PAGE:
Mihály Csíkszentmihályi, world famous psychologist, author of Flow gave a lecture in Budapest on November 7. To begin with, the change of venue didn’t help; most probably this is why it started almost half an hour late, to give people enough time to walk from Kossuth Klub to Uránia mozi. But it didn’t start even then; two speakers greeted the professor first. The second one was especially awkward to have to listen to – kept referring to Csíkszentmihályi as “Mihály”; obviously enjoyed showing off how good friends they are, when in reality most probably they aren’t: his company simply bought the rights to sell courses based on Csíkszentmihályi’s work.
So the great man started his talk over half an hour late, most probably unaware of the fact that the Hungarian organizers advertised his lecture with the title “Flow – kreativitás és tehetséggondozás” (Flow – creativity and nurturing talent), otherwise he would have at least made references to creativity and talent and their connections to flow. He was not the only one with limited information: after the first couple of sentences, quite a few members of the audience left, only to return a bit later, which baffled me until I saw them putting on headphones they had obviously just fetched. It was nowhere mentioned in the ads and posters that the lecture would be in English. Yes, people should have expected it, but I can’t really blame them: a lecture advertised with a Hungarian title, in a lecture series in Hungarian, with a speaker whose completely Hungarian name is written in Hungarian fashion (family name first) – and you get a lecture in English.
Unfortunately, Csíkszentmihályi was left unaware of another important bit of information: people in Hungary had already heard of his concept of flow. Most probably that’s why they came to this event. After the first few minutes of the lecture (when everybody had finally settled down) I thought, OK, this is just the introduction to the topic. But no. This was the whole talk. If you’ve read the blurb on the back cover of Flow or a brief synopsis of any of his numerous lectures on it, you heard nothing new in this lecture. Absolutely zero new information. Towards the end, when looking at one of the charts, I thought maybe – then Csíkszentmihályi said “but this is probably too complicated” and instead of analyzing the data there he went on to the next slide, which turned out to be missing so he finished his lecture a few minutes shy of 40 minutes. My wife Kati noted that the template used for the PowerPoint presentation has been unavailable in Microsoft Office for several years, so these slides must have been rather old. I found a review of a Csíkszentmihályi lecture which seemed almost identical – from 1999.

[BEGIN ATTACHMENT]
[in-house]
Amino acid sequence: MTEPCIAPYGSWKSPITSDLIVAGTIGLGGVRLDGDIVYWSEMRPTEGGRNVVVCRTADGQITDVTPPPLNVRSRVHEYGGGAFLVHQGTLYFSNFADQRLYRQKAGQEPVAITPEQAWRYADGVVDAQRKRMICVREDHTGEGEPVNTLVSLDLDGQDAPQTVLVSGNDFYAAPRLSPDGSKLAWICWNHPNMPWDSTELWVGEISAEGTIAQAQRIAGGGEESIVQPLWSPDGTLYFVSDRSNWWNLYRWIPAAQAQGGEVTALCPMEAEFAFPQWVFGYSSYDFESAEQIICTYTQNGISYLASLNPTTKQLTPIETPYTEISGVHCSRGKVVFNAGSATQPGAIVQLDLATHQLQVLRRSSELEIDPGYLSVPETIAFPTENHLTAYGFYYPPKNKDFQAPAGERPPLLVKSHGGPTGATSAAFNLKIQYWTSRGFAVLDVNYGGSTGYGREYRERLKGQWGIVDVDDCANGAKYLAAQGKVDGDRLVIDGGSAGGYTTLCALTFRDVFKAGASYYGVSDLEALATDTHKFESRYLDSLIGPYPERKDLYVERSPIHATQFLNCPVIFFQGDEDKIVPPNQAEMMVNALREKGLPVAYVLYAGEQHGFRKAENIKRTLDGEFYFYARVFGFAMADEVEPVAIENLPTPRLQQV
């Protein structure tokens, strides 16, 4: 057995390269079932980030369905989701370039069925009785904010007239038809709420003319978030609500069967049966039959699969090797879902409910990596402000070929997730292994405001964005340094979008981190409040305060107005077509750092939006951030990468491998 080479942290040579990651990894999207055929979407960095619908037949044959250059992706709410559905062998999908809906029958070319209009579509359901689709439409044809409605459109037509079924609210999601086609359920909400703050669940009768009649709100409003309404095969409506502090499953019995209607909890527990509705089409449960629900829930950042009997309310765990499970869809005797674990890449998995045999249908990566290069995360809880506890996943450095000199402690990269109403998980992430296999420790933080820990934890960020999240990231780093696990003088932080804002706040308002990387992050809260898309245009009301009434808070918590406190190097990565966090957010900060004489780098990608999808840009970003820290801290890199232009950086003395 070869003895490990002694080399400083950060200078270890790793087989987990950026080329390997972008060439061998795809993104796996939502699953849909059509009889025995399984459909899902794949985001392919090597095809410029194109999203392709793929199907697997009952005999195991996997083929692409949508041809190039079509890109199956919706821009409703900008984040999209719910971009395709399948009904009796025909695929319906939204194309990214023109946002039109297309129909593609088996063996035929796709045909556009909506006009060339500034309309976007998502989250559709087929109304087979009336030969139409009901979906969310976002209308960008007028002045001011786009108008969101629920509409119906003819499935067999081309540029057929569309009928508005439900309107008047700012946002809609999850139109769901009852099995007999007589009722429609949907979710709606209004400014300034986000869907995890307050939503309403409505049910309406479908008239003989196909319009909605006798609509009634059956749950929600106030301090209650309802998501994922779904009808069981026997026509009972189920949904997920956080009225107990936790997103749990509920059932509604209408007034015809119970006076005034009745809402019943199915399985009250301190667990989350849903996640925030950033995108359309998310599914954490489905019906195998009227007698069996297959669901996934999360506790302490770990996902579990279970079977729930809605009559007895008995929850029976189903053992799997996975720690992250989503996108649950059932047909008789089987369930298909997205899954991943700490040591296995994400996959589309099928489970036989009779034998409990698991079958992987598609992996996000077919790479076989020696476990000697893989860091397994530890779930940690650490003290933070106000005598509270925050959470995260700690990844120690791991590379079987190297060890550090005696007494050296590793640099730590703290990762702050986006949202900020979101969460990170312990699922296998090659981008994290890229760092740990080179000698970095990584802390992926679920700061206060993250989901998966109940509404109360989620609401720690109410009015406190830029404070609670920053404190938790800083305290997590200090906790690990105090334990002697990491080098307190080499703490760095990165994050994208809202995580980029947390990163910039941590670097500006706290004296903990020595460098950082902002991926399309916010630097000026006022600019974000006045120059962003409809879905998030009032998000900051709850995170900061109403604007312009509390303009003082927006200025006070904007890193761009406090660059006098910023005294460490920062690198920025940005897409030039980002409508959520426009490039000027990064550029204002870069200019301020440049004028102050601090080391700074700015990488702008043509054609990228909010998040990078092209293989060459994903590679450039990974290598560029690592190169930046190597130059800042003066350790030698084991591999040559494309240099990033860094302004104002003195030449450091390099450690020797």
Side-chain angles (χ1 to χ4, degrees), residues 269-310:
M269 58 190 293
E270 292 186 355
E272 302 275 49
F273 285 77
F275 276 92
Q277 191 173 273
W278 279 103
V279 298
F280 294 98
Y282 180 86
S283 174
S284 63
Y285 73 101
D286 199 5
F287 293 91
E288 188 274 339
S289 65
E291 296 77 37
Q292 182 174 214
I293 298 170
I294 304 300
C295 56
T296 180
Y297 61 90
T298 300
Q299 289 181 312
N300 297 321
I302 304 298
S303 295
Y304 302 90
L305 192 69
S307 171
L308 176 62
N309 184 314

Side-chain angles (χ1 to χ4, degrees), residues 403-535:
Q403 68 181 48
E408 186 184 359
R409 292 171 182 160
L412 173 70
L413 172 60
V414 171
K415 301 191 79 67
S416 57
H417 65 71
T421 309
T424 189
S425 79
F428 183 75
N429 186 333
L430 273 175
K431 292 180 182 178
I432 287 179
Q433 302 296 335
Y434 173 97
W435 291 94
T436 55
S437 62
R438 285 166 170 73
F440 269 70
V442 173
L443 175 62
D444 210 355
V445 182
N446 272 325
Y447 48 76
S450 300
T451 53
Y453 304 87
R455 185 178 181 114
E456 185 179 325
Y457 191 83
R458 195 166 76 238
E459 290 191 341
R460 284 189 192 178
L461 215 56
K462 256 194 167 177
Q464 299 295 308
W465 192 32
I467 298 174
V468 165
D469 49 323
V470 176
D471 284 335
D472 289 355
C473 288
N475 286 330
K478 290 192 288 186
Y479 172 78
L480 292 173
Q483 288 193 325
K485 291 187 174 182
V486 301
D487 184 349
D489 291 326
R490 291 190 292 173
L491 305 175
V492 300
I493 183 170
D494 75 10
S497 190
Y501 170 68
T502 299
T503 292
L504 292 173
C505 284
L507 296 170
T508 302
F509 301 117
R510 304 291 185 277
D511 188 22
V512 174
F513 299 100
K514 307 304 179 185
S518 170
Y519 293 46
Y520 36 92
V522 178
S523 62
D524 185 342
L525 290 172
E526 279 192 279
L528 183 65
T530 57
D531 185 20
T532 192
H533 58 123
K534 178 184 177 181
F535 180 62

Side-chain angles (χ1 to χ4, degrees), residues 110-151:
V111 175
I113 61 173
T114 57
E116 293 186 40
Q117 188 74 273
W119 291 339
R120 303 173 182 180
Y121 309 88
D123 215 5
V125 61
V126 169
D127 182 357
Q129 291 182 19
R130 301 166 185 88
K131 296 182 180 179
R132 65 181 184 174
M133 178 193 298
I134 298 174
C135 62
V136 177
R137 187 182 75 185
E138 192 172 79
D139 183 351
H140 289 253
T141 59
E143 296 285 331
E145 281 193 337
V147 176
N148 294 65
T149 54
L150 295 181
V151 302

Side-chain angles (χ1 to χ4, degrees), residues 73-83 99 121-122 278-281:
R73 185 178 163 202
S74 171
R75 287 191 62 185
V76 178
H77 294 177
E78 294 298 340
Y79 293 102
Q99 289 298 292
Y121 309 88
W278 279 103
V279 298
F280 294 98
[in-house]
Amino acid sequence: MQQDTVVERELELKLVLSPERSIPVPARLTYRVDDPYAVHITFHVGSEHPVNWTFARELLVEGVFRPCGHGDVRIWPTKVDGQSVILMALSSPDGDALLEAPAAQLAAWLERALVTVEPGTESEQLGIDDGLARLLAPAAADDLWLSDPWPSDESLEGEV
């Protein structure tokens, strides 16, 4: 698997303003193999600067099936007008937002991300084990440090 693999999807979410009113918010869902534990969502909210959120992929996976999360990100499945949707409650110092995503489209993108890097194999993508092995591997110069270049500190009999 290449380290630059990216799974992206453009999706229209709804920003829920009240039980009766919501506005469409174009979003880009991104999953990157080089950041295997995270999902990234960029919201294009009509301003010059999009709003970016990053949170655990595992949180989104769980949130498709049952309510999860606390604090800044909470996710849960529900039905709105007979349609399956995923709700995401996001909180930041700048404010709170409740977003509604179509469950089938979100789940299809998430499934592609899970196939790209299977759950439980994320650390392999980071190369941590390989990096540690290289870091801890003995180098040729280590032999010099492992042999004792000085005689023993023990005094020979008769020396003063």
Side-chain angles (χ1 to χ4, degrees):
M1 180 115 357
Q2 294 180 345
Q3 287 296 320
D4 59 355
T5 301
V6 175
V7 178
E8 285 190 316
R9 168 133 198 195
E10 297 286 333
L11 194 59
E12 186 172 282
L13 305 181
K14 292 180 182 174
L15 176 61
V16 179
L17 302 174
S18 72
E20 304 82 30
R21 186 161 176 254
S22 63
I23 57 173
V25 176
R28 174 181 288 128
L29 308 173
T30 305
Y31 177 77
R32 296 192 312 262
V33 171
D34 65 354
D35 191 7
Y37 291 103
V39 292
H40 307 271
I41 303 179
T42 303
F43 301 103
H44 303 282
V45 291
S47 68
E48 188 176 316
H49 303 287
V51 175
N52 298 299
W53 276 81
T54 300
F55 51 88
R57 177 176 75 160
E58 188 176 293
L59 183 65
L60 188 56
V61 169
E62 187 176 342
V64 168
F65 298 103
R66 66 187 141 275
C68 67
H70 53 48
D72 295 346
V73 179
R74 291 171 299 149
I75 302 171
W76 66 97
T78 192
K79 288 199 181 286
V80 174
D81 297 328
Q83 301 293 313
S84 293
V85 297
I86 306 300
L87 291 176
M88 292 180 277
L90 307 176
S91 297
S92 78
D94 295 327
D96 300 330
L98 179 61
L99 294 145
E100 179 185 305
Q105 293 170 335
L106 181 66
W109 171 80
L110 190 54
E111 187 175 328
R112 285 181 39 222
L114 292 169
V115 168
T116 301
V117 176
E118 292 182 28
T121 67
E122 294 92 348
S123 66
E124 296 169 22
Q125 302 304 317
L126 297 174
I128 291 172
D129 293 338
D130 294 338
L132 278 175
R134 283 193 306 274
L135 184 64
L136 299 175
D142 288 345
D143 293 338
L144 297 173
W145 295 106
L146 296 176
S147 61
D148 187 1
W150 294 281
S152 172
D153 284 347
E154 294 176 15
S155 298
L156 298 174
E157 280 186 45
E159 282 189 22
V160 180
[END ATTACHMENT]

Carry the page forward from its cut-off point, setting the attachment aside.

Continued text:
So, let’s take stock: the event was advertised as “from 10 to 12”. It started almost half an hour late. It ended slightly more than a quarter of an hour early (before 11:45). Csíkszentmihályi talked for less than 40 minutes, saying absolutely nothing new, then answered questions from the audience for about 20 minutes. A total disappointment.